As one of the most sparsely populated areas in the country, Alaska presents a host of challenges for rural telemedicine, such as having sufficient bandwidth to support the demands of live video, but it also offers a wealth of opportunities for the industry—namely, minimizing highly inconvenient travel requirements and allowing specialists to see more patients within a given day. Recently, Partners In Energy (PIE) Advisors put the swyMed DOT Telemedicine Backpack to the test in Alaska’s wilderness to test its connectivity and performance in extremely remote, unforgiving environments, with the ultimate goal of using this tool to deliver a higher standard of healthcare to the underserved indigenous population.
The demonstration project, a collaboration between swyMed, PIE Advisors, Mackay Communications, and the Telehealth Technology Assessment Center (TTAC), provided “proof of concept” that broadband communication—and thus telemedicine—can indeed be achieved in such challenging environments by either standard cell-service connection or satellite connectivity, regardless of location. Mick Dubuis from PIE carried the DOT Backpack across some of Alaska’s most challenging regions, including Denali National Park and Spencer Glacier.
Dubuis first dreamt of a mobile backpack for remote Alaska back when he worked with the Veterans Administration’s first major telemedicine initiative, but the technology and public perception were not yet ready for such an endeavor. “Fast forward 20 years,” said Dubuis, “and the swyMed Backpack is basically what we had discussed 20 years ago!”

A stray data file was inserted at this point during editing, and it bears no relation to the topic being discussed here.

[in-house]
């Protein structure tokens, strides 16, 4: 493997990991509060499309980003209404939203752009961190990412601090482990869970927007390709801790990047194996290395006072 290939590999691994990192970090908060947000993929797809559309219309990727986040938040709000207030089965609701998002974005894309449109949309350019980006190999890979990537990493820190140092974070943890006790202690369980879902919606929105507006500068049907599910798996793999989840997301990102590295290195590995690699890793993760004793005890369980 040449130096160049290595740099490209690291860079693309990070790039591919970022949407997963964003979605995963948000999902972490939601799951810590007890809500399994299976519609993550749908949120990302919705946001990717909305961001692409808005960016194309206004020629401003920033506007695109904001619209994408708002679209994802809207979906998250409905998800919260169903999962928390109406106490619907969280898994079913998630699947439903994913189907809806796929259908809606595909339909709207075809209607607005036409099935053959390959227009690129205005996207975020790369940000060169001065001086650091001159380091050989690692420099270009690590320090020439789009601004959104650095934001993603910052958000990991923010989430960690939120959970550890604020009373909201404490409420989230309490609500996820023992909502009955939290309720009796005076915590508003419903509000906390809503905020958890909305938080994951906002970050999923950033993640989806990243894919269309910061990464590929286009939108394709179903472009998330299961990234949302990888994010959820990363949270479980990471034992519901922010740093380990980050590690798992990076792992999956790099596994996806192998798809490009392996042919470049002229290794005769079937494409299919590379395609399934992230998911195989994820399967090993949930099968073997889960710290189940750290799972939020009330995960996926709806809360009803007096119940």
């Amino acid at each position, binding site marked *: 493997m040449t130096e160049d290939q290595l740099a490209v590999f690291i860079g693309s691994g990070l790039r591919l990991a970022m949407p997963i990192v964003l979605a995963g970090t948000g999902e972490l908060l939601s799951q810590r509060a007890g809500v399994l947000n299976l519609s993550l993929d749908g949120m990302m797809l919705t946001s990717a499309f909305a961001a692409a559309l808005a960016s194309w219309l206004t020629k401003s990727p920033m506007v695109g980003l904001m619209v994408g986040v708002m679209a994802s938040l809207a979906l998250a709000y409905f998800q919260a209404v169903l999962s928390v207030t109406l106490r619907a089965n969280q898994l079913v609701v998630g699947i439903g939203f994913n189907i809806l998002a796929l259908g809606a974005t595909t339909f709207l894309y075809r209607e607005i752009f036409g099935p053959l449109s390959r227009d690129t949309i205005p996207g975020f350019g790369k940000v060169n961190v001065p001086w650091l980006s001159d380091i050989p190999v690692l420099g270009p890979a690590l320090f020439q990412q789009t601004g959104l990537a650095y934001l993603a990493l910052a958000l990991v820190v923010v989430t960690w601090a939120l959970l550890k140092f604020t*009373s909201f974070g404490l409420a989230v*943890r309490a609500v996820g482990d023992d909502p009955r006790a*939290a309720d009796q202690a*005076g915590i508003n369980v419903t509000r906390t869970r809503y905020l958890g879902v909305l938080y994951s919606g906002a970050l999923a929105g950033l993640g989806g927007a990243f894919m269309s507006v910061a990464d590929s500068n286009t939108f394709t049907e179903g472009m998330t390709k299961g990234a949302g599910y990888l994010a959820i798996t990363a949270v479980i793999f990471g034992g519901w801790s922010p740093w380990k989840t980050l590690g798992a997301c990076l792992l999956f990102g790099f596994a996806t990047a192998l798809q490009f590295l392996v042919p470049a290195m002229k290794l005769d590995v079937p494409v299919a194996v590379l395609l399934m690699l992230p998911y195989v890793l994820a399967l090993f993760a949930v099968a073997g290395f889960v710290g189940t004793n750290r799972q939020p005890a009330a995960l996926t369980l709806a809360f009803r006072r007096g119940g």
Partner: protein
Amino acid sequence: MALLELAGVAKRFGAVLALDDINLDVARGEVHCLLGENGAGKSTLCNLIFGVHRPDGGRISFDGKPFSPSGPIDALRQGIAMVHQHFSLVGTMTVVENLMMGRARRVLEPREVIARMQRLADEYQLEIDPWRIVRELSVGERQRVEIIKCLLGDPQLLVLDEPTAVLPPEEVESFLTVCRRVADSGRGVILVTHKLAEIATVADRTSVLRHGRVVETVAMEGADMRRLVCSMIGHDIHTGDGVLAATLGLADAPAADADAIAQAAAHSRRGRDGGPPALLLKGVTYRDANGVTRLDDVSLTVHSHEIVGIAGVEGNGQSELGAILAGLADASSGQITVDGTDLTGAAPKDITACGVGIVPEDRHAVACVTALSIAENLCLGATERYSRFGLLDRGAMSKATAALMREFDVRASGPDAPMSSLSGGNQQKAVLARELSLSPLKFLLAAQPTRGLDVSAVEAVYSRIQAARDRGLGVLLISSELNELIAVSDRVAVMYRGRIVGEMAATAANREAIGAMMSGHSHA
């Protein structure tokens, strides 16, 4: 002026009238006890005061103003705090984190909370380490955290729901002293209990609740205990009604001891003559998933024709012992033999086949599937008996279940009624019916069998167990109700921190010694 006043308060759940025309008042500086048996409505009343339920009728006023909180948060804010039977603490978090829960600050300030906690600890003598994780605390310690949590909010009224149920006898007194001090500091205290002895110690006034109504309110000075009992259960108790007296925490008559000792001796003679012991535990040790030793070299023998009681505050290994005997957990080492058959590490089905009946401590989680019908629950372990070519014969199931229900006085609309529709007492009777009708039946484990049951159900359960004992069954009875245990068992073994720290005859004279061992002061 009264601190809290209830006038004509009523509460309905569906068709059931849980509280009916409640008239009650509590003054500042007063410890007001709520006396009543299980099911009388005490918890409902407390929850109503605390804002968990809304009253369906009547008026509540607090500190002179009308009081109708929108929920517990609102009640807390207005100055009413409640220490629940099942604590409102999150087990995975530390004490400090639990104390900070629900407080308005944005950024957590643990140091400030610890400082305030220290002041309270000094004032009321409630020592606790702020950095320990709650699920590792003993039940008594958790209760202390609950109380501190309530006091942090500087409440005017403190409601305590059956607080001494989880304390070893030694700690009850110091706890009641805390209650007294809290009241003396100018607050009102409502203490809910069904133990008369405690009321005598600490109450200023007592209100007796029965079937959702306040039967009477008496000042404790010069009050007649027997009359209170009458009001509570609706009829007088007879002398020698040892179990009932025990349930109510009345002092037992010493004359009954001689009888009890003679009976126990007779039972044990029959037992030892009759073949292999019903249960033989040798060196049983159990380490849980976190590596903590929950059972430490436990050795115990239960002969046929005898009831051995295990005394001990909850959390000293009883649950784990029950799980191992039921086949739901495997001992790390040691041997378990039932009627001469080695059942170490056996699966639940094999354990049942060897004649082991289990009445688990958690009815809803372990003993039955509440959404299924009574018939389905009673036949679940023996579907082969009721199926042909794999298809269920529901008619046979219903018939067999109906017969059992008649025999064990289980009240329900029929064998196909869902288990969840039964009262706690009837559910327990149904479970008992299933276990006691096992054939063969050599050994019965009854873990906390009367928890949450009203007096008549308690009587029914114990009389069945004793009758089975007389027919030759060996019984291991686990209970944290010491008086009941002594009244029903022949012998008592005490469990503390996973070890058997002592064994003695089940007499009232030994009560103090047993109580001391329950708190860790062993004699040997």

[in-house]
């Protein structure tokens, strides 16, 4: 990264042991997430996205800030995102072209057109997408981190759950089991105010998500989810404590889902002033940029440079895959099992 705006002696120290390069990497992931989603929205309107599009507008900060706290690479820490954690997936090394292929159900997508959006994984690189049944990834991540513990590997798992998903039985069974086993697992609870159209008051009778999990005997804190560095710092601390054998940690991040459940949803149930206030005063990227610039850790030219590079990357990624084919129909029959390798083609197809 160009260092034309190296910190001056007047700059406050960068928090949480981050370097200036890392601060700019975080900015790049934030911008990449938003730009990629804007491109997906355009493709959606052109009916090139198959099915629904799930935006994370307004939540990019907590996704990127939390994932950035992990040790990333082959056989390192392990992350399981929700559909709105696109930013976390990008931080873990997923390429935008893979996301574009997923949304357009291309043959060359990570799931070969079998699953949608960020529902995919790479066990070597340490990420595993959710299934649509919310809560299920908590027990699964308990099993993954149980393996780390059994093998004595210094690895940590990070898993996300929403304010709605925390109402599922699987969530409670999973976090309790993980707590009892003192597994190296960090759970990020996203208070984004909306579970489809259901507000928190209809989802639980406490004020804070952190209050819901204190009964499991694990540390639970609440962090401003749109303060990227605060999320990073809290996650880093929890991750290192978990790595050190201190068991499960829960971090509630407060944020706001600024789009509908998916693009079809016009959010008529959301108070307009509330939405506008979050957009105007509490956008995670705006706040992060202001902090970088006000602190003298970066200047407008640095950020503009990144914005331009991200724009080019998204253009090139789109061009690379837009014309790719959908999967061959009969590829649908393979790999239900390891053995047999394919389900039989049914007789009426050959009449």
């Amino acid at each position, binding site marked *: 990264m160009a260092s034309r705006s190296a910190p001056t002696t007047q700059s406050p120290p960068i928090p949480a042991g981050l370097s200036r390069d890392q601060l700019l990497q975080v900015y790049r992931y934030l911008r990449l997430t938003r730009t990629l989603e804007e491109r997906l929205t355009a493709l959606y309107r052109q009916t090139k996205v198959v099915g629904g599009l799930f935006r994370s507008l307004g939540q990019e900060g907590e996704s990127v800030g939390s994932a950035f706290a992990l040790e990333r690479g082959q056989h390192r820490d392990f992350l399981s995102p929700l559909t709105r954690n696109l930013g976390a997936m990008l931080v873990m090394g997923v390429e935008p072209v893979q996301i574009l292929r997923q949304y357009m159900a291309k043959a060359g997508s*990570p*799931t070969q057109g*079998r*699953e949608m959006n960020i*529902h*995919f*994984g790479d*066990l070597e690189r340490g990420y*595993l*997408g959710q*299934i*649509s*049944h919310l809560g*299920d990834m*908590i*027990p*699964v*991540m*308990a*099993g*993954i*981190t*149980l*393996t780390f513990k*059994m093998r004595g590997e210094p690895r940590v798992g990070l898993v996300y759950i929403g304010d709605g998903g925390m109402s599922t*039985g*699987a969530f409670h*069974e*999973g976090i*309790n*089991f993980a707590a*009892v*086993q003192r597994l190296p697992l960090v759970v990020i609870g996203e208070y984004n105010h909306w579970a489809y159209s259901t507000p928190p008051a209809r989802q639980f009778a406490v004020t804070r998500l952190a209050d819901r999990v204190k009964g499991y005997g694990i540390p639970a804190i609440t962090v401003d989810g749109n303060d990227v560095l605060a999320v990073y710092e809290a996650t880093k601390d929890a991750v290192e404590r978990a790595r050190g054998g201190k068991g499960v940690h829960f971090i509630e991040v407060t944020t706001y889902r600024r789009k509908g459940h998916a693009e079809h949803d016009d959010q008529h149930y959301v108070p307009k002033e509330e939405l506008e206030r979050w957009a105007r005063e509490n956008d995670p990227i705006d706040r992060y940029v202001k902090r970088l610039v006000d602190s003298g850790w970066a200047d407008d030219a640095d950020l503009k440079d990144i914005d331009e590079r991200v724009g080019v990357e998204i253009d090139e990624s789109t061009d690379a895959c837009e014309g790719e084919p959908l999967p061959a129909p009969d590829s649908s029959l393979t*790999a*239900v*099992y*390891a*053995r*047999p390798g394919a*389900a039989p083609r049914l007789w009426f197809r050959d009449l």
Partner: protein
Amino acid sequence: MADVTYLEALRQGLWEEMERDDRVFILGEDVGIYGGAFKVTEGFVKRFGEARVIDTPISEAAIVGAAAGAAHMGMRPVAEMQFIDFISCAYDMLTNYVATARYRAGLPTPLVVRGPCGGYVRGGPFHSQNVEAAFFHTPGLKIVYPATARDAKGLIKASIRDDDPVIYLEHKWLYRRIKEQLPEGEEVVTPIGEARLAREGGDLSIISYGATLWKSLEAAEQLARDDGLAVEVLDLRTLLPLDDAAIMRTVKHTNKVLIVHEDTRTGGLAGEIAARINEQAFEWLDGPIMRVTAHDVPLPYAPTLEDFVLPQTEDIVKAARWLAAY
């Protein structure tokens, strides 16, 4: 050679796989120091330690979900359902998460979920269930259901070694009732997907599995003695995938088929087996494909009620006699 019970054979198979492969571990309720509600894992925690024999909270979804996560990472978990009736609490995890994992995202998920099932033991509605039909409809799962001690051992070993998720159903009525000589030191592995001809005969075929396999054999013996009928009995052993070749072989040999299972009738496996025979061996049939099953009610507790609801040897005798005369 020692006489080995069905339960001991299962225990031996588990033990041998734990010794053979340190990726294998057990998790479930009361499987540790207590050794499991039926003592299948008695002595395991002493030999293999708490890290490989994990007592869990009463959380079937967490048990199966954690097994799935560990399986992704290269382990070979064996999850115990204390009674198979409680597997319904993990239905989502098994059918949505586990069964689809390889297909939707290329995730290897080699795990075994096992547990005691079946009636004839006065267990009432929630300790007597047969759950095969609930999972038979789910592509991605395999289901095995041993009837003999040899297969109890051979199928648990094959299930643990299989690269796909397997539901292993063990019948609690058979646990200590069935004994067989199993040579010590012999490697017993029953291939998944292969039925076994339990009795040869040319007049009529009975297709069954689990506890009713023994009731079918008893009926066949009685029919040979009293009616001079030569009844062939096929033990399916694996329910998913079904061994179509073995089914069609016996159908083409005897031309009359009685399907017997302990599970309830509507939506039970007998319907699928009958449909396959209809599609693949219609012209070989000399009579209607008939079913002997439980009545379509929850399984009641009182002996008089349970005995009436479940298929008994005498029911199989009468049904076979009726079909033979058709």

These days, the technology is definitely available, and the public is eager to embrace the concept. As Dubuis explained, “People were really interested in what I was doing. The Rangers, the guides, the boat captains, and people that live in Alaska completely see the application of this equipment and how it can help provide faster diagnostics for a critical event. I had numerous conversations with both people with clinical training and those without who were fascinated by the ability to create a telemedicine-enabled location virtually anywhere.”
The swyMed DOT Telemedicine Backpack, originally designed to bring real-time video consultations with specialists into ambulances despite potentially poor network conditions, has been deployed across Europe, Russia, India, and other regions. The unit can also be used separately from the ambulance as an easily deployable telemedicine solution for clinics at remote locations such as ranger stations and oil platforms.
Scroll down for pictures of Mick’s trip.
To read more or view more photos about PIE Advisors’ project and trip to Alaska, visit their website here.
To learn more about the swyMed DOT Telemedicine Backpack, click here.